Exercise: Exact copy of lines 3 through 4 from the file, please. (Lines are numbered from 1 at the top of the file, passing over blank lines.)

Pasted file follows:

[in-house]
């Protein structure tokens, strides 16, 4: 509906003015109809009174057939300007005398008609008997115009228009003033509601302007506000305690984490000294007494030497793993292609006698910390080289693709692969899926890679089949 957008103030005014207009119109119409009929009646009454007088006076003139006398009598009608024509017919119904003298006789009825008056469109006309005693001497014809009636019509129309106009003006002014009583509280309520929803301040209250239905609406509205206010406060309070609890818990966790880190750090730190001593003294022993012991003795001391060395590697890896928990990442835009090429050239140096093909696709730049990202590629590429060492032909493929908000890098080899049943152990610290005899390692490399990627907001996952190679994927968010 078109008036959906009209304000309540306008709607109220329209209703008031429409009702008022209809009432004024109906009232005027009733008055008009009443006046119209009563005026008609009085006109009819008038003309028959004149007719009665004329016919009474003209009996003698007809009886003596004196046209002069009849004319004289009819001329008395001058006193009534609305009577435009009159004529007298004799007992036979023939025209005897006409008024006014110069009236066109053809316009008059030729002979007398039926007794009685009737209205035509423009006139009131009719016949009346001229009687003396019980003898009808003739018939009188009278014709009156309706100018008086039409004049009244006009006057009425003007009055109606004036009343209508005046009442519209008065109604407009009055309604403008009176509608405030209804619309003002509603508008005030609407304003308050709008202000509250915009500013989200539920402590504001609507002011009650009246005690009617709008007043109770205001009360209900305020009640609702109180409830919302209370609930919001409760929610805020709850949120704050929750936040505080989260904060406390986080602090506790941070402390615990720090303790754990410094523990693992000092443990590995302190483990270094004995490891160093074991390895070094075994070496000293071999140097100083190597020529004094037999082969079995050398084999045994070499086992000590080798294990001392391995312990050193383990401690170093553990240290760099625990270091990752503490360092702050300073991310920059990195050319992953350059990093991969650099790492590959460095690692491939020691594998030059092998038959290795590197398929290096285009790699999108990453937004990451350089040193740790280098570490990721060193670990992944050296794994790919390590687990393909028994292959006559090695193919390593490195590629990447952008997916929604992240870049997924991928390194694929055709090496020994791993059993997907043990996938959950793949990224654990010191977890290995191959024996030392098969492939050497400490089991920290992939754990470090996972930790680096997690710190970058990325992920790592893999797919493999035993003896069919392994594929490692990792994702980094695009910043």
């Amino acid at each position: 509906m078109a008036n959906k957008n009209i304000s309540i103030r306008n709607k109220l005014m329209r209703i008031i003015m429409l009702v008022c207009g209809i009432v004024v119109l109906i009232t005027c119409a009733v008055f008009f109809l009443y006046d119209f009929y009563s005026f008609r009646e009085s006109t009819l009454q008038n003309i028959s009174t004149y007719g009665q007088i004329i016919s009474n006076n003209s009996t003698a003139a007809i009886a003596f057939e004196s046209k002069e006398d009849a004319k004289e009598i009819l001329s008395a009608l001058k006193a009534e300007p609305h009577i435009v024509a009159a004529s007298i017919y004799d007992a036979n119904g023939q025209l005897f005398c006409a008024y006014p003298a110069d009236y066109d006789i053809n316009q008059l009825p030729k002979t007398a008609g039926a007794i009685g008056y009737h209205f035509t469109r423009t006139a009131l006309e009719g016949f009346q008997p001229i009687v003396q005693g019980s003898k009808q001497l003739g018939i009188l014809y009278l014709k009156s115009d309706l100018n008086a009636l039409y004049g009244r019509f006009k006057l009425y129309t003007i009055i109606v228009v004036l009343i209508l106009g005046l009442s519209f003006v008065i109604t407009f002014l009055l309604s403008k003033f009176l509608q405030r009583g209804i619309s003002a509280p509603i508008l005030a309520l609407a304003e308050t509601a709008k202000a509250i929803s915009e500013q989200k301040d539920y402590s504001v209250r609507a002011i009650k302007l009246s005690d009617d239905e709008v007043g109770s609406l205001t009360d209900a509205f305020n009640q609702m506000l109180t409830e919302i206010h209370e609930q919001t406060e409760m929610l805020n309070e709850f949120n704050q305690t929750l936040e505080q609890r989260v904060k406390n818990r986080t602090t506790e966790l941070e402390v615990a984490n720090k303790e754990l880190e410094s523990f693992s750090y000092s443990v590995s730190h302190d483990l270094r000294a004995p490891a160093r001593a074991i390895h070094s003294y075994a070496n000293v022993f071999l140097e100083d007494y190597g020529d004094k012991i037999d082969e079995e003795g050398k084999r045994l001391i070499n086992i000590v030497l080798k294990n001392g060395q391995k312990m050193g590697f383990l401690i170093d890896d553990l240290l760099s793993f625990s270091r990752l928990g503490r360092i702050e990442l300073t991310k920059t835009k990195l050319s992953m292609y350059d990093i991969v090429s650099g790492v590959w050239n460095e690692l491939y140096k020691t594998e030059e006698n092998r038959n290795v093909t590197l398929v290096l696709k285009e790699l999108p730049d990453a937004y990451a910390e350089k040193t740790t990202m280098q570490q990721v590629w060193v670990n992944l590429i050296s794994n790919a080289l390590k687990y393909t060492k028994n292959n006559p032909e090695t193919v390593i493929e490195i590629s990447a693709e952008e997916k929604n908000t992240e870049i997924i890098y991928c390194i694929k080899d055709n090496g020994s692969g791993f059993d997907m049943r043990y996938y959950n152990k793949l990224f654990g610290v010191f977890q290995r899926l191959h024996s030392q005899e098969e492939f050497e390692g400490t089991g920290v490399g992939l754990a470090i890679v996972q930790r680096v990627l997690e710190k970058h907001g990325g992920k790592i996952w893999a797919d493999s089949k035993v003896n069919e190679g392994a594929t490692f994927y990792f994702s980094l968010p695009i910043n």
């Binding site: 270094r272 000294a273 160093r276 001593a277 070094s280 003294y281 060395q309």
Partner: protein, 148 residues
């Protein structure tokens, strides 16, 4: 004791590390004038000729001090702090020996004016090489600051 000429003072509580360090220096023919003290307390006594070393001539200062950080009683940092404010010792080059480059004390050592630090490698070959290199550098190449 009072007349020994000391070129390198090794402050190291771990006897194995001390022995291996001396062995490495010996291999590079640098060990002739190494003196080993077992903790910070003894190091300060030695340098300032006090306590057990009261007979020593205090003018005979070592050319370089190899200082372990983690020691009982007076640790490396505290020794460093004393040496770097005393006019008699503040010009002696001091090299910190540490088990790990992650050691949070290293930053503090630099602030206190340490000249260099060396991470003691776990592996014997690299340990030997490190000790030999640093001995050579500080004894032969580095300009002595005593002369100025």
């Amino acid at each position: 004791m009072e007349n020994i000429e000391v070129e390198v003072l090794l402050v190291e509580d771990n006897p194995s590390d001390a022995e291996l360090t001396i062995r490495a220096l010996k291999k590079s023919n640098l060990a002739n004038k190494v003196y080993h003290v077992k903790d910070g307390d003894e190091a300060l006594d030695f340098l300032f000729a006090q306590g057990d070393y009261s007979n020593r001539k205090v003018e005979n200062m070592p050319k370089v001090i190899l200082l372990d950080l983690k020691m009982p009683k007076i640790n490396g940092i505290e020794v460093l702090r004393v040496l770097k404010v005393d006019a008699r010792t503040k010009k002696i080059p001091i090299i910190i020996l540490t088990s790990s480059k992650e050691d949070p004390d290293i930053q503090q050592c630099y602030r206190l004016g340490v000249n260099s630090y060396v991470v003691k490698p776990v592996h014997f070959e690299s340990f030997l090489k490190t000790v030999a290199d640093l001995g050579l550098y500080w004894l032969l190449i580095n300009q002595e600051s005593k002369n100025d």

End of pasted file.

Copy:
């Amino acid at each position: 509906m078109a008036n959906k957008n009209i304000s309540i103030r306008n709607k109220l005014m329209r209703i008031i003015m429409l009702v008022c207009g209809i009432v004024v119109l109906i009232t005027c119409a009733v008055f008009f109809l009443y006046d119209f009929y009563s005026f008609r009646e009085s006109t009819l009454q008038n003309i028959s009174t004149y007719g009665q007088i004329i016919s009474n006076n003209s009996t003698a003139a007809i009886a003596f057939e004196s046209k002069e006398d009849a004319k004289e009598i009819l001329s008395a009608l001058k006193a009534e300007p609305h009577i435009v024509a009159a004529s007298i017919y004799d007992a036979n119904g023939q025209l005897f005398c006409a008024y006014p003298a110069d009236y066109d006789i053809n316009q008059l009825p030729k002979t007398a008609g039926a007794i009685g008056y009737h209205f035509t469109r423009t006139a009131l006309e009719g016949f009346q008997p001229i009687v003396q005693g019980s003898k009808q001497l003739g018939i009188l014809y009278l014709k009156s115009d309706l100018n008086a009636l039409y004049g009244r019509f006009k006057l009425y129309t003007i009055i109606v228009v004036l009343i209508l106009g005046l009442s519209f003006v008065i109604t407009f002014l009055l309604s403008k003033f009176l509608q405030r009583g209804i619309s003002a509280p509603i508008l005030a309520l609407a304003e308050t509601a709008k202000a509250i929803s915009e500013q989200k301040d539920y402590s504001v209250r609507a002011i009650k302007l009246s005690d009617d239905e709008v007043g109770s609406l205001t009360d209900a509205f305020n009640q609702m506000l109180t409830e919302i206010h209370e609930q919001t406060e409760m929610l805020n309070e709850f949120n704050q305690t929750l936040e505080q609890r989260v904060k406390n818990r986080t602090t506790e966790l941070e402390v615990a984490n720090k303790e754990l880190e410094s523990f693992s750090y000092s443990v590995s730190h302190d483990l270094r000294a004995p490891a160093r001593a074991i390895h070094s003294y075994a070496n000293v022993f071999l140097e100083d007494y190597g020529d004094k012991i037999d082969e079995e003795g050398k084999r045994l001391i070499n086992i000590v030497l080798k294990n001392g060395q391995k312990m050193g590697f383990l401690i170093d890896d553990l240290l760099s793993f625990s270091r990752l928990g503490r360092i702050e990442l300073t991310k920059t835009k990195l050319s992953m292609y350059d990093i991969v090429s650099g790492v590959w050239n460095e690692l491939y140096k020691t594998e030059e006698n092998r038959n290795v093909t590197l398929v290096l696709k285009e790699l999108p730049d990453a937004y990451a910390e350089k040193t740790t990202m280098q570490q990721v590629w060193v670990n992944l590429i050296s794994n790919a080289l390590k687990y393909t060492k028994n292959n006559p032909e090695t193919v390593i493929e490195i590629s990447a693709e952008e997916k929604n908000t992240e870049i997924i890098y991928c390194i694929k080899d055709n090496g020994s692969g791993f059993d997907m049943r043990y996938y959950n152990k793949l990224f654990g610290v010191f977890q290995r899926l191959h024996s030392q005899e098969e492939f050497e390692g400490t089991g920290v490399g992939l754990a470090i890679v996972q930790r680096v990627l997690e710190k970058h907001g990325g992920k790592i996952w893999a797919d493999s089949k035993v003896n069919e190679g392994a594929t490692f994927y990792f994702s980094l968010p695009i910043n």
């Binding site: 270094r272 000294a273 160093r276 001593a277 070094s280 003294y281 060395q309």